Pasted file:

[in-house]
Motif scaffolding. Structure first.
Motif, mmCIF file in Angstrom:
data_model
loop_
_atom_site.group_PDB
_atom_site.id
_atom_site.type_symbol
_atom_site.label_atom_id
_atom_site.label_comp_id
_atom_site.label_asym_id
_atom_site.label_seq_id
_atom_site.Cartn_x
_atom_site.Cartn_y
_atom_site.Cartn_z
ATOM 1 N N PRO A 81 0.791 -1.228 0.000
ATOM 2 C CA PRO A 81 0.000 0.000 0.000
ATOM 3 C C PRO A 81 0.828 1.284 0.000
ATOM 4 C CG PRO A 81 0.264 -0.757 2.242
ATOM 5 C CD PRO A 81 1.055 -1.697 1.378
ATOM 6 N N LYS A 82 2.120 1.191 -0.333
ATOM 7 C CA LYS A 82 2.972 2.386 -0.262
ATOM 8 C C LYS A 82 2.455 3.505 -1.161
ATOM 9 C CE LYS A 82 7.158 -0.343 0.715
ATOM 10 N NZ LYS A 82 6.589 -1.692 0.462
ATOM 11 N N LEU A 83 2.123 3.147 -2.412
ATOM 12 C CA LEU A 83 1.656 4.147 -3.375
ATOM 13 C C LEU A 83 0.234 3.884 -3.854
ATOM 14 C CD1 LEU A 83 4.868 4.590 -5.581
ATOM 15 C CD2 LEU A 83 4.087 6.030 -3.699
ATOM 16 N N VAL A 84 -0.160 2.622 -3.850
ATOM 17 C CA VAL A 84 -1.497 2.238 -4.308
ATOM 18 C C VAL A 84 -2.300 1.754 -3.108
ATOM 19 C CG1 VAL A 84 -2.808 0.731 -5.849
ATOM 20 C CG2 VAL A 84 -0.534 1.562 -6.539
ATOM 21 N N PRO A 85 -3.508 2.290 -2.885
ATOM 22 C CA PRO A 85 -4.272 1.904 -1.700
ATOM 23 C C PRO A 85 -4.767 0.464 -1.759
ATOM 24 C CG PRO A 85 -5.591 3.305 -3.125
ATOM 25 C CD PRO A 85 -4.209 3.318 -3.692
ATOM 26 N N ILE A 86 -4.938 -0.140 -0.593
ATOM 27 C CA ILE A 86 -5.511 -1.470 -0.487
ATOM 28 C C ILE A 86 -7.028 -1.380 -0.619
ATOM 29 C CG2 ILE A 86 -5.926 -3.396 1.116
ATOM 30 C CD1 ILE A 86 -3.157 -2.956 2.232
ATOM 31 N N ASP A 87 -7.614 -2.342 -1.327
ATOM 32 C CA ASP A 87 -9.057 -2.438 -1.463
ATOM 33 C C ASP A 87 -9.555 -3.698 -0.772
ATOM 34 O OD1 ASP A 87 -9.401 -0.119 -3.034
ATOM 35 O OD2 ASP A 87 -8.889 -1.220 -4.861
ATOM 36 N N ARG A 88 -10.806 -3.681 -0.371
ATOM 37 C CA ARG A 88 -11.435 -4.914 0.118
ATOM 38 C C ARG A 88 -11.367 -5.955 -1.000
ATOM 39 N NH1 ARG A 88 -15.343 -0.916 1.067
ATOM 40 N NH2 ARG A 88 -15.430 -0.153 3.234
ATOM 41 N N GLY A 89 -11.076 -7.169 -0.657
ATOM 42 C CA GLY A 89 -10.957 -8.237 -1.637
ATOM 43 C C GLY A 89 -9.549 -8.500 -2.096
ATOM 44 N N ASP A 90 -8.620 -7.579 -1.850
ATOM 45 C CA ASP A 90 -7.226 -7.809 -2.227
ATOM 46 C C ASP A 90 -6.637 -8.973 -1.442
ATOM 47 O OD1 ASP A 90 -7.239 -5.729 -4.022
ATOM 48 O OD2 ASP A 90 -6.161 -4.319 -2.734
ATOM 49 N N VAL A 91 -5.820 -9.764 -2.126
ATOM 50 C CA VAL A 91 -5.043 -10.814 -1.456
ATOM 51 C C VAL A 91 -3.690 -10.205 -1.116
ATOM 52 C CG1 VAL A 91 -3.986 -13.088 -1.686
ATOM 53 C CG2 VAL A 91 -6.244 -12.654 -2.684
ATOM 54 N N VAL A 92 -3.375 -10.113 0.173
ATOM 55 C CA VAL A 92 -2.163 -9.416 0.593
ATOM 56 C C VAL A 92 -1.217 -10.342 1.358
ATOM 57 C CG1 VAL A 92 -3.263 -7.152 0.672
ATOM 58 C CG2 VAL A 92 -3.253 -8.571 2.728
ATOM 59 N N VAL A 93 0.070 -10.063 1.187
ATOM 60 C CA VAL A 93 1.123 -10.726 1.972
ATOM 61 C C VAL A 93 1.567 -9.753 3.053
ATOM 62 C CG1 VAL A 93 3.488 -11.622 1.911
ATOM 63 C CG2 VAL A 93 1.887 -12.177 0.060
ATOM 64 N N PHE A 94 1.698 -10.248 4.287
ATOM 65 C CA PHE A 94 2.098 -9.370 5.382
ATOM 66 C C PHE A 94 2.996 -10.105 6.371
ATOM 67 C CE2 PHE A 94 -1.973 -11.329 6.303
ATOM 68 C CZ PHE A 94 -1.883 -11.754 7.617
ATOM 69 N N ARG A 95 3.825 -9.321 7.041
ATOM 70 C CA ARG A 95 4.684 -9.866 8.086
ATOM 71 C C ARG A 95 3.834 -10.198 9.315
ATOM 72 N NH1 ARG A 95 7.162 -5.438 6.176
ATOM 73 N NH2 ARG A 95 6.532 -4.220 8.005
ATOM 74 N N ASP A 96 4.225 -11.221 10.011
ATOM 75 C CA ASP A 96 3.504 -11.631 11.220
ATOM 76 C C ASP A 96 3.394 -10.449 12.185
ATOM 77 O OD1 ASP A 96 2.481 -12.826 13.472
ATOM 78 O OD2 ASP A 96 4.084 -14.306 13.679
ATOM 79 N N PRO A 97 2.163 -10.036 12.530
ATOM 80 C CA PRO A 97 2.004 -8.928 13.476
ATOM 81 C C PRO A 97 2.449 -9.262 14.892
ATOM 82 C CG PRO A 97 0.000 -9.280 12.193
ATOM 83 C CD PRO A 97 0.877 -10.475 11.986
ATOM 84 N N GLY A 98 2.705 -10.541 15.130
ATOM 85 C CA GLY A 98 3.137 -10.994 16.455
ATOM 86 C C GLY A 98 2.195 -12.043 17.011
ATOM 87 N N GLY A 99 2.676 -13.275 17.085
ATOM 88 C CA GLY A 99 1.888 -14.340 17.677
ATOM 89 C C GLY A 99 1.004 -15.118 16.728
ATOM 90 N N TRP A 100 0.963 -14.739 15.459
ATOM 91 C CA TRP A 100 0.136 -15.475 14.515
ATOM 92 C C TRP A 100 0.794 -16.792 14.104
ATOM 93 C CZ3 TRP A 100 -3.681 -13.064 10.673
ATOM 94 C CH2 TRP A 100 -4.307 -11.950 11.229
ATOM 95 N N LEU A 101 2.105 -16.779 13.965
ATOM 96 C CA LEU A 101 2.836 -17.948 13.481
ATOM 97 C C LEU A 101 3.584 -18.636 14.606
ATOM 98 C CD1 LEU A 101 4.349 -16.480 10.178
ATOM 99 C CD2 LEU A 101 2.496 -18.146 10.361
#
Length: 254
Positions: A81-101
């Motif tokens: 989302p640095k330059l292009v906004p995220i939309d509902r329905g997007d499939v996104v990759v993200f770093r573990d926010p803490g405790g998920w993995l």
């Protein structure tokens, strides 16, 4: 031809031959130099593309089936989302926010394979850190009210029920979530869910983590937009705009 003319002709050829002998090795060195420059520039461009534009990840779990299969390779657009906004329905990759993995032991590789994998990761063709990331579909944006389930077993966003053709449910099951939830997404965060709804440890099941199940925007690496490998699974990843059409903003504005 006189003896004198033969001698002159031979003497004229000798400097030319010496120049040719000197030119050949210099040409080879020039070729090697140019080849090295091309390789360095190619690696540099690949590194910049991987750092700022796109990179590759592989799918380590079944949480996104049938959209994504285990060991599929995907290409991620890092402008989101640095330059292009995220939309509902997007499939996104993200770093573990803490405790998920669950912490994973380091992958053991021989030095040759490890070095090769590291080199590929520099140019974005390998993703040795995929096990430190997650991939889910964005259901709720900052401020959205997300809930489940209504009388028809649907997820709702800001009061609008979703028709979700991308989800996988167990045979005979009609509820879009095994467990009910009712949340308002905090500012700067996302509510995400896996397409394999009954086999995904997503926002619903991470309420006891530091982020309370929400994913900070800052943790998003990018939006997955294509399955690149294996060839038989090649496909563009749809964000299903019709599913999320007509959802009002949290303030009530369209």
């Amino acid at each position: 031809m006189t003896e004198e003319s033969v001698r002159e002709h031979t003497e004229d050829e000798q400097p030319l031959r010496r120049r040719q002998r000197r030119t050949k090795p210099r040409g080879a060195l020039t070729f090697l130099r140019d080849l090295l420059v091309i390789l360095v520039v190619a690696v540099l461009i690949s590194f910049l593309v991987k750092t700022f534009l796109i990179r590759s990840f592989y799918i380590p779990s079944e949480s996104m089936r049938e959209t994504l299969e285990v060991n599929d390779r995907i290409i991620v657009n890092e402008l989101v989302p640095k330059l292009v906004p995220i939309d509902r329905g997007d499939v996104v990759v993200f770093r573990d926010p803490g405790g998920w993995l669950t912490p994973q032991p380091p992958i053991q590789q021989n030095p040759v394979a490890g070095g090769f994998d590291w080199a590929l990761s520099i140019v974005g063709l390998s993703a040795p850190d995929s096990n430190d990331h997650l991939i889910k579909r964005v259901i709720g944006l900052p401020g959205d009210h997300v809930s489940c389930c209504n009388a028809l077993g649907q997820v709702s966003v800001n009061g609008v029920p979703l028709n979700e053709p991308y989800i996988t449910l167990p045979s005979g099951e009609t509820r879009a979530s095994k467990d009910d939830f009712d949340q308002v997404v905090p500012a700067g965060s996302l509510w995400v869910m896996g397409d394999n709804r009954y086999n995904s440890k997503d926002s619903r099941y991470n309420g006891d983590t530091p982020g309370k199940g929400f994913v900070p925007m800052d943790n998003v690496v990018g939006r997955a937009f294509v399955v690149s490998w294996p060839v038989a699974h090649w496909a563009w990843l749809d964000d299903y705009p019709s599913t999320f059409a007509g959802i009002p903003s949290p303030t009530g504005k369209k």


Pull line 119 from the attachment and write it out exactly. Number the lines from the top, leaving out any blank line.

């Protein structure tokens, strides 16, 4: 031809031959130099593309089936989302926010394979850190009210029920979530869910983590937009705009 003319002709050829002998090795060195420059520039461009534009990840779990299969390779657009906004329905990759993995032991590789994998990761063709990331579909944006389930077993966003053709449910099951939830997404965060709804440890099941199940925007690496490998699974990843059409903003504005 006189003896004198033969001698002159031979003497004229000798400097030319010496120049040719000197030119050949210099040409080879020039070729090697140019080849090295091309390789360095190619690696540099690949590194910049991987750092700022796109990179590759592989799918380590079944949480996104049938959209994504285990060991599929995907290409991620890092402008989101640095330059292009995220939309509902997007499939996104993200770093573990803490405790998920669950912490994973380091992958053991021989030095040759490890070095090769590291080199590929520099140019974005390998993703040795995929096990430190997650991939889910964005259901709720900052401020959205997300809930489940209504009388028809649907997820709702800001009061609008979703028709979700991308989800996988167990045979005979009609509820879009095994467990009910009712949340308002905090500012700067996302509510995400896996397409394999009954086999995904997503926002619903991470309420006891530091982020309370929400994913900070800052943790998003990018939006997955294509399955690149294996060839038989090649496909563009749809964000299903019709599913999320007509959802009002949290303030009530369209």